Yellowknife artist releases new album in boat-only concert

Andrea Bettger outside her cabin
Andrea Bettger outside her cabin. Photo: Andrea Bettger

Yellowknife violinist and vocalist Andrea Bettger is set to release her second album, Bush Chords, on Friday at a pandemic-safe concert.

Bettger, who first moved to Hay River in 2003 before relocating to Yellowknife in 2008, says the album’s tracks are based on her adventures in the North.

“The inspiration for these tunes comes from the stories that I’ve gathered over my years of living in the Northwest Territories,” she told Cabin Radio.

“Everything from the creatures that live here to the birch season that my family participates in every spring, sunsets that I see from Jolliffe Island, and stories from travelling on the road when I used to teach youth fiddling programs in the communities.”



Bettger said the word “chords” has a double meaning in the album’s title, referring both to music made in the bush and the cords by which wood is measured.

All songs on the album are composed by Bettger, with one co-composed by Pat Braden and two co-composed by Tracy Riley.

Bettger released her first album, Snappy Days, in 2018.

“You work on it with your band, develop all kinds of different layers and intricacies within the tunes themselves, and they come alive with your group,” she said.



“Then you can capture that and share it with other people. I think I felt like my storytelling through music needed to continue.

“Once you get through the process once, it’s a really wonderful experience. It’s a lot of work, but the rewards are great.”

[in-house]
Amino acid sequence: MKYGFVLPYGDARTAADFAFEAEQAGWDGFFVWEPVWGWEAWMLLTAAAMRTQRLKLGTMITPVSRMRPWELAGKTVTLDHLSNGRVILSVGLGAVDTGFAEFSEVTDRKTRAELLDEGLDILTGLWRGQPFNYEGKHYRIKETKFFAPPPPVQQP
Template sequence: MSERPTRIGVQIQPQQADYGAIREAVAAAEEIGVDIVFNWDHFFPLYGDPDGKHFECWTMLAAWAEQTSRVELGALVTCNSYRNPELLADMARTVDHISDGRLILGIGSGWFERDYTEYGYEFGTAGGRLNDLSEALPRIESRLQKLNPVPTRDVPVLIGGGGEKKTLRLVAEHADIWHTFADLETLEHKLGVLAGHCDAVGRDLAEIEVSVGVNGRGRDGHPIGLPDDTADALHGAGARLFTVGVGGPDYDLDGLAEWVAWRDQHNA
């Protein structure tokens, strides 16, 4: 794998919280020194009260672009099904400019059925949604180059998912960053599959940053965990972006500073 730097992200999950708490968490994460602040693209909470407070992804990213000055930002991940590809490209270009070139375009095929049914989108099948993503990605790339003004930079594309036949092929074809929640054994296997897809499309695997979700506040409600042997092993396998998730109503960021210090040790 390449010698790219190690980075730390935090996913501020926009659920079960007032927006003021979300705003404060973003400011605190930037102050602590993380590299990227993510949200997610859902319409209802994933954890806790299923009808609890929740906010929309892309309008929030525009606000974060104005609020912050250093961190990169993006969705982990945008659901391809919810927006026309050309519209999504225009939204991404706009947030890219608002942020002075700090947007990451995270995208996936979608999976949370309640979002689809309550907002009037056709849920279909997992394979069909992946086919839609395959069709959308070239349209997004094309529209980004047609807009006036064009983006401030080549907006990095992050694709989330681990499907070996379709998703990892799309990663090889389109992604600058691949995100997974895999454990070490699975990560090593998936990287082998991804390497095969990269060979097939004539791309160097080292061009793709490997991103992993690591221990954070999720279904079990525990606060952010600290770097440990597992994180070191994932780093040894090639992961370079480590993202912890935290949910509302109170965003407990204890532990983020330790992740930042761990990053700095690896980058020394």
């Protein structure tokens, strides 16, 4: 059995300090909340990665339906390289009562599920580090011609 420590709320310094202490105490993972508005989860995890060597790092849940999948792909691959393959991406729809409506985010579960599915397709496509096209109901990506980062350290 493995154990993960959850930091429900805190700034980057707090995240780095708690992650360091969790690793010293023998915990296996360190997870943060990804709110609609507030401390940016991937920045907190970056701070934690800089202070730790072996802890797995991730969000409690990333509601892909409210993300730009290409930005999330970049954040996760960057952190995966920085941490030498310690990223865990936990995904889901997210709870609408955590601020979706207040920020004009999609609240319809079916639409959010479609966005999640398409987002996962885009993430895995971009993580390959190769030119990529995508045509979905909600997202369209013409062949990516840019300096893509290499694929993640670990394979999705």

Most tracks on Bush Chords were written during Bettger’s Banff residency in September 2019.

The album was recorded in Lady Smith, BC and features Yellowknifers Ben Russo, Al Bee, and Pat Braden, along with musicians Kinji Fusé on viola, Eli Bender on cello, Shanti Bremner on banjo, and Adrian Dolan – who also produced Bettger’s two albums.

“This time around, we were together just doing this project for 12 days,” Bettger said.

“So in that way, I think we really gelled as a group. We lived together, we played music together, we shared, you know, even just getting to know each other in the band a little bit better.

“The fondest memory – and why this concert is pretty special to me – is the inclusion of a bigger sound like all these strings. That was kind-of emotional for me because it’s sort-of like this thing from my past that was super important to me.

“I always loved chamber music, playing with other strings. Bringing that into my sound and into my band was really thrilling and emotional for me.”



Bettger said Friday’s album release concert, starting at 8pm, can only be attended by watercraft. Saturday or Sunday are standby nights in case of bad weather. Ropes will be set up to help paddlers and boaters maintain their position and stay six feet from others.

“I’m feeling great about it. The music is ready. We’re pumped. We’re excited,” said Bettger.

“When Covid first started, there were a couple months there where it was hard to find motivation to get that violin out of the case and keep playing – feeling kind-of lost and not knowing where anything was going, what sort of direction artists should take.

“So now having this project and having the CD release, it’s forced me to get back into it and it really feels great.”

The album is available on all major streaming platforms, while hard copies can be found at Yellowknife’s Down to Earth Gallery, Gallery of the Midnight Sun, and Weaver and Devore.